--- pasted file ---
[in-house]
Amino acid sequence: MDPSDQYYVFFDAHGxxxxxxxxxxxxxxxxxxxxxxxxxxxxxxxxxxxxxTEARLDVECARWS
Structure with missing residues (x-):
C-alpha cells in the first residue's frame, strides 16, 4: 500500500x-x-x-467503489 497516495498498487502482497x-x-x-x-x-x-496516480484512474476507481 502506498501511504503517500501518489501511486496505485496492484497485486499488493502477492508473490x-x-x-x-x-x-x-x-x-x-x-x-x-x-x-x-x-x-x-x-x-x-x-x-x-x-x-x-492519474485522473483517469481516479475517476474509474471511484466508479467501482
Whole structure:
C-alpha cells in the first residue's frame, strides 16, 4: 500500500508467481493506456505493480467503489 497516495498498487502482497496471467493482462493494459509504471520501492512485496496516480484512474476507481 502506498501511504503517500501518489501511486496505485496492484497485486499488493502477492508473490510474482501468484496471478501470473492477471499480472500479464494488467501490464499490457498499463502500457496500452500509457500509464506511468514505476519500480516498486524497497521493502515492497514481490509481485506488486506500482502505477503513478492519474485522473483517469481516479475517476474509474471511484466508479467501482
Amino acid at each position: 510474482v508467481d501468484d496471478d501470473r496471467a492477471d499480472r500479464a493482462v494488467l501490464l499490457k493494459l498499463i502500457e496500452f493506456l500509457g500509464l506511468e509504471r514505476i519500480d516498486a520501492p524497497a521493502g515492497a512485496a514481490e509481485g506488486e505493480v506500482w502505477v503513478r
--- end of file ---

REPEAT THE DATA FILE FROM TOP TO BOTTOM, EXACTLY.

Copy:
[in-house]
Amino acid sequence: MDPSDQYYVFFDAHGxxxxxxxxxxxxxxxxxxxxxxxxxxxxxxxxxxxxxTEARLDVECARWS
Structure with missing residues (x-):
C-alpha cells in the first residue's frame, strides 16, 4: 500500500x-x-x-467503489 497516495498498487502482497x-x-x-x-x-x-496516480484512474476507481 502506498501511504503517500501518489501511486496505485496492484497485486499488493502477492508473490x-x-x-x-x-x-x-x-x-x-x-x-x-x-x-x-x-x-x-x-x-x-x-x-x-x-x-x-492519474485522473483517469481516479475517476474509474471511484466508479467501482
Whole structure:
C-alpha cells in the first residue's frame, strides 16, 4: 500500500508467481493506456505493480467503489 497516495498498487502482497496471467493482462493494459509504471520501492512485496496516480484512474476507481 502506498501511504503517500501518489501511486496505485496492484497485486499488493502477492508473490510474482501468484496471478501470473492477471499480472500479464494488467501490464499490457498499463502500457496500452500509457500509464506511468514505476519500480516498486524497497521493502515492497514481490509481485506488486506500482502505477503513478492519474485522473483517469481516479475517476474509474471511484466508479467501482
Amino acid at each position: 510474482v508467481d501468484d496471478d501470473r496471467a492477471d499480472r500479464a493482462v494488467l501490464l499490457k493494459l498499463i502500457e496500452f493506456l500509457g500509464l506511468e509504471r514505476i519500480d516498486a520501492p524497497a521493502g515492497a512485496a514481490e509481485g506488486e505493480v506500482w502505477v503513478r